The platform corners are angled to avoid interfering with the front or rear turning radius. The new platform is also equipped with a new push-type latch allowing firefighters hands-free access to the platform.
KME also substantially increased visibility on the platform and the rungs with "Pathfinders" LED illumination lights on the ladder rails and the platform floor. NiteSafety photo luminescent covers have been installed on ladder rungs and on the platform floor for improved visibility.
E-ONE Severe Service Cab
E-ONE debuted its severe duty cab at the show in the Lucas Oil Stadium.
The interior has virtually no formed and molded plastic which is prone to cracking when slammed by firefighters and their gear.
Nearly all surfaces are either painted with Zolatone or covered with aluminum or even stainless steel plating, said Amanda Davis Gummer, E-ONE's marketing and communications manager.
"This is for departments that are tough on their trucks," she said, pointing out the features.
According to the manufacturer, the new interior uses .125-inch aluminum with Zolatone paint for the center dash, officer's side dash and the "A" post covers.
The engine cover has a .125-inch WearTrak cover with .375-inch foam insulation to dampen noise.
The concept is to eliminate the ABS interior trim adopted about 25 years ago that allowed for automotive styling, but did not stand up as well to the rigors of fire apparatus.
The new cab interior also features a recessed mobile data terminal (MDT) provision for the officer, an officer's glove box with hinged door, barrier style doors, and door panels constructed of 14-gauge brushed finish stainless steel or .125-inch aluminum painted to match the cab interior.
According to E-ONE, the severe service cab also offers more options for equipment mounting, such as radios, speakers, monitors, chargers and other items.
HME Ahrens-Fox Compressed Natural Gas Powered Engine
One apparatus that generated a buzz was the compressed natural gas powered engine unveiled by HME Ahrens-Fox, and it wasn't just the green rainforest tree frog decals adorning the apparatus that caused the buzz.
According to Dave Fornell, HME's director of marketing, the apparatus was the first of its kind to be powered by compressed natural gas (CNG).
"We're getting a lot of interest in this," Fornell said as show goers swarmed over the apparatus, checking under the cab to see how it ran and how the CNG tanks were stored.
"This is a very quiet apparatus with a lot of power," said Fornell.
The biggest advantage of the Cummins Westport engine-powered apparatus is it meets the EPA and California Air Resources Board (CARB) 2010 emission requirements without Diesel Exhaust Fluid (DEF) and Selective Catalytic Reduction (SCR) systems that are required on diesel engines. Its exhaust system is comprised of a simple, three-way catalyst that meets the EPA useful-life requirement and is maintenance-free.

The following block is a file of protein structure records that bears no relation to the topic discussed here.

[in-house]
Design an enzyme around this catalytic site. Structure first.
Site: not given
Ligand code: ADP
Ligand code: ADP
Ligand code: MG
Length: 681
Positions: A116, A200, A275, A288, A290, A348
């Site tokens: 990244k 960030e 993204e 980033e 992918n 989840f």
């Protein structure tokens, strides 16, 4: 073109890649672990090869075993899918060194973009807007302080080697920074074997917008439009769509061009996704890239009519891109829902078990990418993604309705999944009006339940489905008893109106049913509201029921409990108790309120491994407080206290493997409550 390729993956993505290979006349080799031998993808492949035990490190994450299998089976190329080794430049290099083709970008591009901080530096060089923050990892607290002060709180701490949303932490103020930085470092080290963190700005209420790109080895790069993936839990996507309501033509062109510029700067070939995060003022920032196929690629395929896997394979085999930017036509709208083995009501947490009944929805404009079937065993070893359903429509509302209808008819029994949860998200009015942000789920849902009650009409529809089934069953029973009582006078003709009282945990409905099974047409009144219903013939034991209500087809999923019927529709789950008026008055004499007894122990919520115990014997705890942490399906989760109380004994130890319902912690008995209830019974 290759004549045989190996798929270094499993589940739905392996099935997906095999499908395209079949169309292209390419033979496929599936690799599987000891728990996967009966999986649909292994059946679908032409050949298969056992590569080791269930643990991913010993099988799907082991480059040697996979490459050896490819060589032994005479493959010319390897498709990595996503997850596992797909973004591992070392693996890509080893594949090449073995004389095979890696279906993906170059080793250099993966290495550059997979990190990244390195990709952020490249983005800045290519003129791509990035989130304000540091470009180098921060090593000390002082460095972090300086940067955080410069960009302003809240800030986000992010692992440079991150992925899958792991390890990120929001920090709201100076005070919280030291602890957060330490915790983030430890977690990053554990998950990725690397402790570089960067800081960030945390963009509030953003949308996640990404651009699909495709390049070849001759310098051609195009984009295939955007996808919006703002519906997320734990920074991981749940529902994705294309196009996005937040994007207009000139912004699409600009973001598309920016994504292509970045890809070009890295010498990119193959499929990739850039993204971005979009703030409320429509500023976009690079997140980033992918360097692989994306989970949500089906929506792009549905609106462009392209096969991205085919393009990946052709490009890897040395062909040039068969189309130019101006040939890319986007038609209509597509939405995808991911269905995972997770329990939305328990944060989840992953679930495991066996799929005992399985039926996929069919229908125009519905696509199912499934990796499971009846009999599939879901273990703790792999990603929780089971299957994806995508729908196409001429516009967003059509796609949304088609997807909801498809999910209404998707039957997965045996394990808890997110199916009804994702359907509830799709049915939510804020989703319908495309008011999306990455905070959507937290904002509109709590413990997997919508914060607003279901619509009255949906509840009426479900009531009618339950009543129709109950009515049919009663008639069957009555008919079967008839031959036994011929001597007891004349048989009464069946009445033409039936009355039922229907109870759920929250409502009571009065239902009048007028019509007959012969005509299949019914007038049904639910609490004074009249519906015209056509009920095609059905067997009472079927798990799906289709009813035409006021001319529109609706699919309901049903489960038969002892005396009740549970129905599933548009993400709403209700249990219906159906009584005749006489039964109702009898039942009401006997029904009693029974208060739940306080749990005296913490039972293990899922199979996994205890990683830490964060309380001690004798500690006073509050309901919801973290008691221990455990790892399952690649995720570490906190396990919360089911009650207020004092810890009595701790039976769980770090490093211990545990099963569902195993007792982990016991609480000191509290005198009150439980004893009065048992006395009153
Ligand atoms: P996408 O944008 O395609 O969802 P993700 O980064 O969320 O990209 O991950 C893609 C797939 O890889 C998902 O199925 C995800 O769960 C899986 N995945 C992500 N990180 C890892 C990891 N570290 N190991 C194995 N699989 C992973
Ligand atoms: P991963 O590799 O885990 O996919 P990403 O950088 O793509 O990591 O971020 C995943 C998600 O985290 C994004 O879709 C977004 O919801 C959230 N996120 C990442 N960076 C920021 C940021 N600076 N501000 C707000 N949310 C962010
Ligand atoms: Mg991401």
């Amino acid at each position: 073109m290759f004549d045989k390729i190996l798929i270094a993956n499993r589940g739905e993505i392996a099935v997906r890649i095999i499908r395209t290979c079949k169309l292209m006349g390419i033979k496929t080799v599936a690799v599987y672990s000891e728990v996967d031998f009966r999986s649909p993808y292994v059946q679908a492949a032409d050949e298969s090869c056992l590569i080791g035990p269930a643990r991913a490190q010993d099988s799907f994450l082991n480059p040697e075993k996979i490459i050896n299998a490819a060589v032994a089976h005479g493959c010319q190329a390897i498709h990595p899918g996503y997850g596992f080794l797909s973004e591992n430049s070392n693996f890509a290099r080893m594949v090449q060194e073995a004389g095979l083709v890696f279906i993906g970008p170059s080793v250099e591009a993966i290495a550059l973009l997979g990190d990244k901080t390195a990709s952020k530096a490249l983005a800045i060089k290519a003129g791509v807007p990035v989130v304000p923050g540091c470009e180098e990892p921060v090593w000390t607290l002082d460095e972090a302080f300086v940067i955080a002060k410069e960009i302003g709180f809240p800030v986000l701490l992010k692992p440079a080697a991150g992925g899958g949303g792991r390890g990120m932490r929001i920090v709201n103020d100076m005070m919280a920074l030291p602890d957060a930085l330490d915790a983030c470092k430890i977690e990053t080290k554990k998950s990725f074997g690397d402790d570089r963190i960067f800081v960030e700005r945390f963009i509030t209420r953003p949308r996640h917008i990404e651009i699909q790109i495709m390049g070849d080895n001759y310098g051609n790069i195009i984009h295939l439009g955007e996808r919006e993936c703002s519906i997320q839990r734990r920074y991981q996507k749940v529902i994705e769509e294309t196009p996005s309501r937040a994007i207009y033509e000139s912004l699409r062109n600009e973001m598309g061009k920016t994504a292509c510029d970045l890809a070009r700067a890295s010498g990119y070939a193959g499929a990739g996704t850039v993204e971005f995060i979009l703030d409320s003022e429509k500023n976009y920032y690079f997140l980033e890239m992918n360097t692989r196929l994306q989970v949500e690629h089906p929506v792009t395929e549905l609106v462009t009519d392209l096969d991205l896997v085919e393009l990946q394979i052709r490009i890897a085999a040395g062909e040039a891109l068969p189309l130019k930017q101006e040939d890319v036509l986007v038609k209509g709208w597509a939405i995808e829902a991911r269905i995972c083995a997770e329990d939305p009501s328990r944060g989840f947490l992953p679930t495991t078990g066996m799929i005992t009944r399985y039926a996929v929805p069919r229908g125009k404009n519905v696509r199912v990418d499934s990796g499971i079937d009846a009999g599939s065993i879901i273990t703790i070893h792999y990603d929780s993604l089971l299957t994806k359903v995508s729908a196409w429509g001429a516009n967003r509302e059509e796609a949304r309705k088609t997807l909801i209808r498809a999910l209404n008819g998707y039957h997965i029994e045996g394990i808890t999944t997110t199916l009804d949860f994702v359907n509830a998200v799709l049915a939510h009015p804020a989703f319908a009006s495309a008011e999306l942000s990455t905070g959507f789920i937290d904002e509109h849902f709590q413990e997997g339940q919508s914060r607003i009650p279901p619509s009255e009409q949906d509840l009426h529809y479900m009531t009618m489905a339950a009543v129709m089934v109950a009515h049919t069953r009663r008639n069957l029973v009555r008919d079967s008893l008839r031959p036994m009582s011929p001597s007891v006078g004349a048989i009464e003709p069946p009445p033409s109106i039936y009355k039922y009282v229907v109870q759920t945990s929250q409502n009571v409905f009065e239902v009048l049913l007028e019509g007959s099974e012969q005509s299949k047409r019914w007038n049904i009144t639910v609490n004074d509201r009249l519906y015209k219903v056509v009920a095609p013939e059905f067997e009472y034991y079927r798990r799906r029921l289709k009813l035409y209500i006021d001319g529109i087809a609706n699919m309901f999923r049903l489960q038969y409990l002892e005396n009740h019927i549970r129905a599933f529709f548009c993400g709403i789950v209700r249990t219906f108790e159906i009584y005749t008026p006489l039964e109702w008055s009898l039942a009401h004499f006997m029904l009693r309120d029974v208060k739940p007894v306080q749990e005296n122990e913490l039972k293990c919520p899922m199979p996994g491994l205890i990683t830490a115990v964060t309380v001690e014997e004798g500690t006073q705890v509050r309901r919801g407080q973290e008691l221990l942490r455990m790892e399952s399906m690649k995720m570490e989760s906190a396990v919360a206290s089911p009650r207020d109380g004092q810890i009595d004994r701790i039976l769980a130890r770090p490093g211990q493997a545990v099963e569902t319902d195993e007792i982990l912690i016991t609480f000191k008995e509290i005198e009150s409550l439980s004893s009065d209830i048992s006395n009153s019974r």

Rosenbauer America Green Star
If it weren't for the green lights under the apparatus, a showgoer might not have even noticed Rosenbauer's new Green Star apparatus.
That's a good thing - it's not supposed to be noticed. Its true value is supposed to be seamless integration of a generator into the apparatus's electrical systems to reduce emissions by shutting off the large apparatus engine. The power is replaced by electricity generated by a small, diesel-fired generator instead of maintaining power by letting the apparatus's large diesel engine idle.
A big-block diesel-powered engine found in many apparatus consumes fuel at the rate of 1 gallon per hour at idle, while the APU system burns fuel at the rate of one quart per hour, a savings of up to 75 percent, Rosenbauer said.
By shutting off the main engine, fire departments can not only save fuel, they can save on diesel particulate filters and components and emission system maintenance. Rosenbauer says its APU system can also work as a gen-set to power scene lighting and all other electrical components required at a typical fire scene.
There is no need for a secondary generator for those components and the APU gen-set can be started from inside the cabin or at the pump control, as customarily found on apparatus equipped with generators. Therefore, the APU Green Star adds very little cost to apparatus that have generators specified.
Should demand for power exceed the APU's ability to produce power, the system will automatically restart the apparatus chassis mounted engine and resume idle to produce the power without any interruption.